“I think what sets us apart from other child care centers is the amount of time we spend outside and that we protect children’s right to be children and don’t subscribe to the academic push-down that is happening in our society. We have put into practice the adage “it takes a village to raise a child” and provide many opportunities for families to participate and volunteer.”

In addition to operating The Cooperative, Jennifer has become a trainer for the State of Louisiana in early childhood programming. She offers training classes for early childhood professionals and consults with other programs on various aspects of early childhood programming.

The Child Development Cooperative provides full-time child care services for children from ages six weeks to five years. There are nine full-time employees and Jennifer states that they will be growing to ten employees in 2020 as they add another classroom. An infant room was added this fall and she is ready to add a toddler room in January 2020.

Word of mouth and personal recommendations from current or past Co-op families are the main form of advertisement and openings are announced on Facebook and Instagram. Typical enrollment is in the spring for reserving a space in the fall. Jennifer states,“The waiting list for enrollment is typically long so now is the perfect time to join our program”.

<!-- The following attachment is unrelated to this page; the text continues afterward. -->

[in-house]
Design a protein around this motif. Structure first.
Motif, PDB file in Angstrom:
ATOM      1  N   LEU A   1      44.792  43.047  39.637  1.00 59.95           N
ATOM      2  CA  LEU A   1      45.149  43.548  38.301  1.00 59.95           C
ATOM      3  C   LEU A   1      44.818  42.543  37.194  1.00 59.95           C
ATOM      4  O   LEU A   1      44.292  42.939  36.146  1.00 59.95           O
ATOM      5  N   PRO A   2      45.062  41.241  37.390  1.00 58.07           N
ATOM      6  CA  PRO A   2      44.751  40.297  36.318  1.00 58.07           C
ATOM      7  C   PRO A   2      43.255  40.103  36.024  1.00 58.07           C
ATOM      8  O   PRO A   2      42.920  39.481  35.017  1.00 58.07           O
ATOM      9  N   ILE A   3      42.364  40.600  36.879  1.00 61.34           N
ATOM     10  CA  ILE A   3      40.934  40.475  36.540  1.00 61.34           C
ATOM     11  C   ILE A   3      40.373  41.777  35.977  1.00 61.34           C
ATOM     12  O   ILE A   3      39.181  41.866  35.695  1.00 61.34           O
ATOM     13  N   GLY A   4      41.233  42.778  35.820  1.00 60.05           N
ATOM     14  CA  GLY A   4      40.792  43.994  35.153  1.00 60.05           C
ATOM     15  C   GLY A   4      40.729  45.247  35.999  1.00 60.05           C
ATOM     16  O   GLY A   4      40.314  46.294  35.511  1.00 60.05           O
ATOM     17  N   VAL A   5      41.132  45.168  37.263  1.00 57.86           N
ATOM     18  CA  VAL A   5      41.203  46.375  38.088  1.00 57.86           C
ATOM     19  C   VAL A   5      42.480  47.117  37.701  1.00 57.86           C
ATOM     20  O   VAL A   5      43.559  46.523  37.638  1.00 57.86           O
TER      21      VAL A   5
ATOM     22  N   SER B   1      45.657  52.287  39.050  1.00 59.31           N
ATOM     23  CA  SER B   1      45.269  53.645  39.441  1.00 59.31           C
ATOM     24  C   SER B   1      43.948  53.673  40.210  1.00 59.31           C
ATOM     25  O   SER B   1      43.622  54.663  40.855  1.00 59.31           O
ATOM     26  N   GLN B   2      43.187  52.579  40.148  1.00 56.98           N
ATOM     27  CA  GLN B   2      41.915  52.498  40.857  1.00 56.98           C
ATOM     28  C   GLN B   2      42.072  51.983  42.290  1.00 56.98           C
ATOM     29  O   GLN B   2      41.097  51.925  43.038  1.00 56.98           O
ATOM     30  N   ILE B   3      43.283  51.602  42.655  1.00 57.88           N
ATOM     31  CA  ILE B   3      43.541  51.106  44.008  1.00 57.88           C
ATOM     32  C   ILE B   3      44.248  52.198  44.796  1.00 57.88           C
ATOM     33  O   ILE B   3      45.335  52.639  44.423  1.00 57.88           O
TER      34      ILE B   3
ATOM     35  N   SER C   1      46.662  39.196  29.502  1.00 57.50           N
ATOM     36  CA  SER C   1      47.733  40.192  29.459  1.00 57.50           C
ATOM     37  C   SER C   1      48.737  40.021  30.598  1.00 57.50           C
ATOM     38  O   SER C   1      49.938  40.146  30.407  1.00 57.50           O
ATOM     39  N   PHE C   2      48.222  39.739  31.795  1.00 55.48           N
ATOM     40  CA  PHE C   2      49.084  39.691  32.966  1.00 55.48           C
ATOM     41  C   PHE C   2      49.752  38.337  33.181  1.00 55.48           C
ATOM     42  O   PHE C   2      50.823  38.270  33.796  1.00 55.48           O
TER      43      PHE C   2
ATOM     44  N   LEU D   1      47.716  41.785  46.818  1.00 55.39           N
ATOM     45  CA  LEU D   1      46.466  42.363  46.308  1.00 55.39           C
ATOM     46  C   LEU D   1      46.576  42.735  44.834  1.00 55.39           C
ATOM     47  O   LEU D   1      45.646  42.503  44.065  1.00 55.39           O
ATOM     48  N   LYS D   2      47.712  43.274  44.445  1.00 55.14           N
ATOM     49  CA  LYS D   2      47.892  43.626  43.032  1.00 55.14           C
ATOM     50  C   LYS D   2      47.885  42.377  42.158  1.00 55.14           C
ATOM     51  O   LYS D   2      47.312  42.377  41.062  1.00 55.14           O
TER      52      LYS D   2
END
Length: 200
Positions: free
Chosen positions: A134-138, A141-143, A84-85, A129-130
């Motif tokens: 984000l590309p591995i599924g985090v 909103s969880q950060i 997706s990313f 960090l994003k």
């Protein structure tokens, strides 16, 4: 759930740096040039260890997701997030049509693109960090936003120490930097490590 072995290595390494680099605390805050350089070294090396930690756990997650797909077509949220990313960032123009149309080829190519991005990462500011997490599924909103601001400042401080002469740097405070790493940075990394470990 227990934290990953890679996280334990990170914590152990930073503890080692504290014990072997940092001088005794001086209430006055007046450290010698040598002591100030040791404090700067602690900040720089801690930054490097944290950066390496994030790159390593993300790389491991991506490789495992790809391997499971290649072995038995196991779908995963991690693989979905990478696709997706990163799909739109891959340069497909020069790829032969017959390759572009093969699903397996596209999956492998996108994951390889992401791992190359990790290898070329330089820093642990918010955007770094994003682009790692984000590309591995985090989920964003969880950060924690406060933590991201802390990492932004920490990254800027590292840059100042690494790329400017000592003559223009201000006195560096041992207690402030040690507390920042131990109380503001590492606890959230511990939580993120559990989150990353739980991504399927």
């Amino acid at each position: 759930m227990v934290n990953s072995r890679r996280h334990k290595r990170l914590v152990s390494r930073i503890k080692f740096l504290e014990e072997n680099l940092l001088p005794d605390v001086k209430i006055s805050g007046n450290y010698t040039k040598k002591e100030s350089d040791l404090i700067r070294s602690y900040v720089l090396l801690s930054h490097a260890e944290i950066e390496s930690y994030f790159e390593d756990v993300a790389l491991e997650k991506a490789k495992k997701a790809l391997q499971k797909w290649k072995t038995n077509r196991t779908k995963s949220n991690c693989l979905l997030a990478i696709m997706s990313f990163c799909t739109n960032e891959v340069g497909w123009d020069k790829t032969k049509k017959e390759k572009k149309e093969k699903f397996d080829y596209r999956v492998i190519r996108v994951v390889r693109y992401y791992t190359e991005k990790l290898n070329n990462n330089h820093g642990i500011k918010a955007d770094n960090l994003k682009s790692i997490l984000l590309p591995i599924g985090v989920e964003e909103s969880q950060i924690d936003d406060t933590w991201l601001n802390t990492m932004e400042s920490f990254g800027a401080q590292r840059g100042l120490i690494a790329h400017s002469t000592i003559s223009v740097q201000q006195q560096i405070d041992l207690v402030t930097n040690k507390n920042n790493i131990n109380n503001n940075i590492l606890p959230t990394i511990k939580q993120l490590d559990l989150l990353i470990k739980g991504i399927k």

The Cooperative’s website address is:  http://thechilddevelopmentcooperative.com

The Instagram profile: @thechilddevelopmentcooperative

The Facebook link:  https://www.facebook.com/TheChildDevelopmentCooperative/

Operating hours are 7 a.m to 5:30 p.m, Monday through Friday.

The Garden District Civic Association wishes to congratulate Jennifer Crowell on the tenth anniversary of the opening of The Child Development Cooperative and as always, we encourage our Garden District neighbors to consider patronizing this locally-owned business.

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Claire PittmanSponsor Spotlight: The Child Development Cooperative
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Garden District Sapling: Mary Pittman

Mary Pittman, a lifelong Garden District resident and 3rd grader at Baton Rouge Foreign Language Academic Immersion Magnet elementary school in French, had an idea! Her mom and current GDCA President recently came home with an interesting issue. After a meeting with the Garden District’s friendly neighborhood off-duty policy liaison, Officer Seth Gautier, he recommended the board look into obtaining more up-to-date alley signs with the current ordinance that applies to them. That got her thinking that the signs just in front of her house and in the alley are covered in so much gross mold and dirt that they were unable to see what the sign said.